Iceland is on my mind. No, not because the weather near the 66th parallel has been relatively better than in the midstate lately. I want to know what I'll be encountering when I go there this summer.
“Go there” may be a bit strong. Flight plans willing, I’ll be in Keflavik International for two hours, a stopover between London and New Jersey. So how much I can pack into that time in the airport? What food and shops will be available? What currency will be accepted, and what credit cards? What’s the language?
Thanks to the Internet, I answered all those questions fairly quickly.
Then the bigger questions started to loom. What will I miss by being stuck in the aiport? Is Iceland a place I’d like to make a destination? Suddenly I’m researching flights, hotels and attractions.
Iceland – land of fire and ice, land of the sagas. Also land of the brilliant marketers.
If Iceland were a state, it would fall between Indiana and Kentucky in size. When it comes to population, we’re talking Pennsylvania-county-sized, a little more than Dauphin and Perry counties combined.
The tiny country took a massive financial hit in the global meltdown of 2008. When its banks cried “too big to fail!” the government let them fail anyway, resulting in an $85 billion default. Today, the country is working hard on bringing its unemployment down from 4 percent (yes, that is single-digit “4”) and the economy is expected to grow 4.2 percent this year, according to Bloomberg.
Iceland doesn’t have a lot of industry, so like many small nations in warmer climes, it wants to grow its tourism. This is happening, in part because of Icelandair.
Why did I buy a ticket on Icelandair? The airline is aggressively competitive. The closest comparable flight I could find on the day I need to travel cost nearly 60 percent more. And I almost forgot to mention – no baggage fees.
Ordinarily, I’d worry. After all, you get what you pay for, right? But the airline has a good safety record and its amenities seem comparable to what I’d get – or not get – on the better-known airlines. The price of that bargain fare is that two-hour layover in Keflavik.
But enough about me and my vacation plans. I want to focus on the business of this.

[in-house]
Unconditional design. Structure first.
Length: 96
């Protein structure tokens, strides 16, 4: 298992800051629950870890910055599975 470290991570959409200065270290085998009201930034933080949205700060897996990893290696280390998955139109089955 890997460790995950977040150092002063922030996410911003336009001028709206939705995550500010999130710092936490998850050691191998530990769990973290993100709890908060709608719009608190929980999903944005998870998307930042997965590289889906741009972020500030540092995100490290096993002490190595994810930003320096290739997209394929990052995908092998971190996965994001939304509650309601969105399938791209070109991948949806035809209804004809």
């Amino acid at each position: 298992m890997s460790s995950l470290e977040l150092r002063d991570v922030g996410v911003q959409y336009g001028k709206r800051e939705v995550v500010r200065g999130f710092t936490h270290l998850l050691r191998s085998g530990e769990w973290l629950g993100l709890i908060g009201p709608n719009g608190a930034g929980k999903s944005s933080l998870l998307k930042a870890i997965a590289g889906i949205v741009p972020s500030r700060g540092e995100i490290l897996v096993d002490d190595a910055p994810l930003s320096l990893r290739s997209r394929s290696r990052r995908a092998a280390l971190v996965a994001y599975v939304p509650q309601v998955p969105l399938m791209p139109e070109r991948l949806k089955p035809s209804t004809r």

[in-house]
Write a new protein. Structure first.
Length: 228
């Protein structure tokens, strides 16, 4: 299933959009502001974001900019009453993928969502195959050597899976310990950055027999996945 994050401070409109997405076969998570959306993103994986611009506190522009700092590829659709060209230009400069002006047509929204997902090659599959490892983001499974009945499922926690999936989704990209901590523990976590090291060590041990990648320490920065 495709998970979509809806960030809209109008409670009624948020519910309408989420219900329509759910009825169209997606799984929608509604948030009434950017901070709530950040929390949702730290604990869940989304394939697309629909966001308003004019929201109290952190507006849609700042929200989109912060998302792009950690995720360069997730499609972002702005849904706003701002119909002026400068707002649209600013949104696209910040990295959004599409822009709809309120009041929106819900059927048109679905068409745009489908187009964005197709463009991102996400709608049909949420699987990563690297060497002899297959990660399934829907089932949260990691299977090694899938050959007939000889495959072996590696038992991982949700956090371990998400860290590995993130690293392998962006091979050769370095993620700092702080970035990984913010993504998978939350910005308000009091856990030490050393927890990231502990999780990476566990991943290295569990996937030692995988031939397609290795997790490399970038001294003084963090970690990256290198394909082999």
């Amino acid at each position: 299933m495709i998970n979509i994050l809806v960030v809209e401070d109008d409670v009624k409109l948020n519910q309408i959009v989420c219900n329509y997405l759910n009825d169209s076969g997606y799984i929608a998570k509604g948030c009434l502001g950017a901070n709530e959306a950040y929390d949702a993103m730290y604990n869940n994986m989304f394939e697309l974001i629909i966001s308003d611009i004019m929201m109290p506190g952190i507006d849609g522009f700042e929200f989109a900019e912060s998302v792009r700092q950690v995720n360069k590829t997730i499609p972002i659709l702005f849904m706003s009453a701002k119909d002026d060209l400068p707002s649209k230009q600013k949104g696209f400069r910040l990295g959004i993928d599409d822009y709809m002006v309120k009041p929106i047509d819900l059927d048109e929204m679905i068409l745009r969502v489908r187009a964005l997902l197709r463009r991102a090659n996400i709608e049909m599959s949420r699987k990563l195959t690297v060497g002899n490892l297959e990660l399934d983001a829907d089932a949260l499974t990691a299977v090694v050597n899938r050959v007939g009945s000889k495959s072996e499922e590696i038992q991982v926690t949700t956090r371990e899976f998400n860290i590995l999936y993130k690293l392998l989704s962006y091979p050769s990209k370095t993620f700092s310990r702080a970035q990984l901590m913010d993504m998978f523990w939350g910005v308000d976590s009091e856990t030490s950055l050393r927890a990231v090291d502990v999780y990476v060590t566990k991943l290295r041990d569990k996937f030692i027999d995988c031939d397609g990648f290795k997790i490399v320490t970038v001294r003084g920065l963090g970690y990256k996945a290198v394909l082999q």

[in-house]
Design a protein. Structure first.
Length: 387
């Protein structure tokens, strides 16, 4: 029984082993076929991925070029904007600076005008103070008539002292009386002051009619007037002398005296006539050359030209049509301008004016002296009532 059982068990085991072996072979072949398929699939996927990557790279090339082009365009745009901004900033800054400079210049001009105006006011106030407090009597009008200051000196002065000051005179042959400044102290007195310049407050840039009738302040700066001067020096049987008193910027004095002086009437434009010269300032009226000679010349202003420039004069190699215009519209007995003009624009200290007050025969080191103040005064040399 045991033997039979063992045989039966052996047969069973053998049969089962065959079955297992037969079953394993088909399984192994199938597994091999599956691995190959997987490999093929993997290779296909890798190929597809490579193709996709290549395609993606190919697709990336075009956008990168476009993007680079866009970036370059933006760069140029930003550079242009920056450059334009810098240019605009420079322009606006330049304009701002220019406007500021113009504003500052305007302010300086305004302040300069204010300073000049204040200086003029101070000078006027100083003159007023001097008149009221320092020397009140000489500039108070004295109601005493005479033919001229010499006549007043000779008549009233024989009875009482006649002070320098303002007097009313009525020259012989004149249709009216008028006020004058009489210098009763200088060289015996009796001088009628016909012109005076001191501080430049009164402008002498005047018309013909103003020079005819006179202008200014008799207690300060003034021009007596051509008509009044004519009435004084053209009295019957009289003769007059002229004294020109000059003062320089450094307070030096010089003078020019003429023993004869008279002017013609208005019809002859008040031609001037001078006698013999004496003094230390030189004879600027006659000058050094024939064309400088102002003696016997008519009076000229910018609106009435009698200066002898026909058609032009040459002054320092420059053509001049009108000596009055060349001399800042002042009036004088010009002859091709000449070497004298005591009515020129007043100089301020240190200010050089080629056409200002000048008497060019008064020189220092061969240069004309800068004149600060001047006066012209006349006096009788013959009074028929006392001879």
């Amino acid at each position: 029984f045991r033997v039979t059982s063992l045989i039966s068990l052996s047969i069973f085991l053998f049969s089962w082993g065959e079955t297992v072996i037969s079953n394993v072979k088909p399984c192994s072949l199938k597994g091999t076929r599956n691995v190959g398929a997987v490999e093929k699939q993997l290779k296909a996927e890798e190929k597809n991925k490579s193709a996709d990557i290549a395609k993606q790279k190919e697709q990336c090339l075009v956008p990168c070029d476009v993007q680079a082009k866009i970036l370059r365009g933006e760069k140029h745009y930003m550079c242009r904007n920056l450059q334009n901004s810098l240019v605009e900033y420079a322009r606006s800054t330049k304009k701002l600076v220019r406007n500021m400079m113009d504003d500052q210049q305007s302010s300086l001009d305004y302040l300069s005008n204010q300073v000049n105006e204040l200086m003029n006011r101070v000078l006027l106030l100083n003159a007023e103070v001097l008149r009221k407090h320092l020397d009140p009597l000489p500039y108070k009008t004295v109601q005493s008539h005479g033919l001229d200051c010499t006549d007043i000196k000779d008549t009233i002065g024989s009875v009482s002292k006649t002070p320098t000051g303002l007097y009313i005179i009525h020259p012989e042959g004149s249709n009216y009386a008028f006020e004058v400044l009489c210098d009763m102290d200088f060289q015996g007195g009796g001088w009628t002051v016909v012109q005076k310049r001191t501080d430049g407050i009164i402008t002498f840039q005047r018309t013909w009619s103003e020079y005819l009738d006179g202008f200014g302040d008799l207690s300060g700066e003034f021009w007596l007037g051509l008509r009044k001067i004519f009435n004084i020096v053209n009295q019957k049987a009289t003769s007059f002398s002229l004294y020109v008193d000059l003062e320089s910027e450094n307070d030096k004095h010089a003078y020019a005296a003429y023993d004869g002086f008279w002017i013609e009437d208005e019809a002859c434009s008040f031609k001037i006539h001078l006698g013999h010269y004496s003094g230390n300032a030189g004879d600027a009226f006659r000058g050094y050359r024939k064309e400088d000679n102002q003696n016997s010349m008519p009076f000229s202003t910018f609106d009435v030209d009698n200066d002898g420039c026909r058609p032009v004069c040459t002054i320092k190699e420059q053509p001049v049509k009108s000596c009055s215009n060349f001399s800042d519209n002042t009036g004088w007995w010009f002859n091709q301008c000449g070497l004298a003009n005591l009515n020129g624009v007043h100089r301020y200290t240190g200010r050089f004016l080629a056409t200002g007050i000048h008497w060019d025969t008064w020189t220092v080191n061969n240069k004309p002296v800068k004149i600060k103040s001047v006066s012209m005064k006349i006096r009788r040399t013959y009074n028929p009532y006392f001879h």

In a detailed analysis produced by international accounting network PFK last year, Icelandair’s “aggressive growth strategy through a ‘hub and spoke’ model” is given a great deal of credit for helping to drive the tourism effort. If you travel by air much, you’ve experienced hub-and-spoke. That’s when, no matter where you want to go, you wind up in Detroit at some point.
How do you get people to do business with you? In addition to attractive pricing, Icelandair gives away free samples – of its country. (“Stop by Iceland for a couple of hours and see what we’re like. Try some local dishes, interact with our friendly citizens, get a glimpse of you could be doing on a longer stay!”)
And Icelandair is successfully executing a strategy that simultaneously grows its customer base while building partner businesses around it that, in turn, will bring it still more growth.
Do you bring that kind of value to your vendors and neighboring businesses? Do they do that for you?
This is not a government-subsidized effort. It’s private enterprise finding opportunities and acting on them. In fact, the PFK report expresses a wish for government investment in tourism.
The challenge for Icelandair soon could be its own success. As tourism expands, other airlines are adding Iceland to their schedules, as are cruise ships. No “free samples” as of yet, though.
It will be interesting to see how competition affects both Icelandair and the nation’s tourist economy.
You’ve got the location, you’re doing the right things. But nothing seems to work out and, before you know it, you’ve join a line of proprietors who tried and failed at the same site. What’s going on? Reporter Mike Sadowski, in this week’s issue, looks at the history of such a place and offers a few answers.
Also in this week’s issue, Heather Stauffer sits down with PinnacleHealth CEO Michael Young to talk about how the hospital system is navigating dramatic changes in the health care landscape.
The Inside Business focus is on business growth in Cumberland and Dauphin counties.
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Iceland is a fascinating republic. Its governing body, the Athling, first convened in 930. It’s a founding member of NATO, though no American military have been stationed there since 2006.
To get an idea of its scale, consider that Icelandair, a publicly traded company, is one of just 17 companies listed on the Iceland stock exchange. Not a volatile market!
When it comes to key competitors for tourism dollars, what does Iceland consider its top rival? Alaska.
And it was in 2010 that we learned to fear Iceland’s volcanoes, as this PBS documentary explains.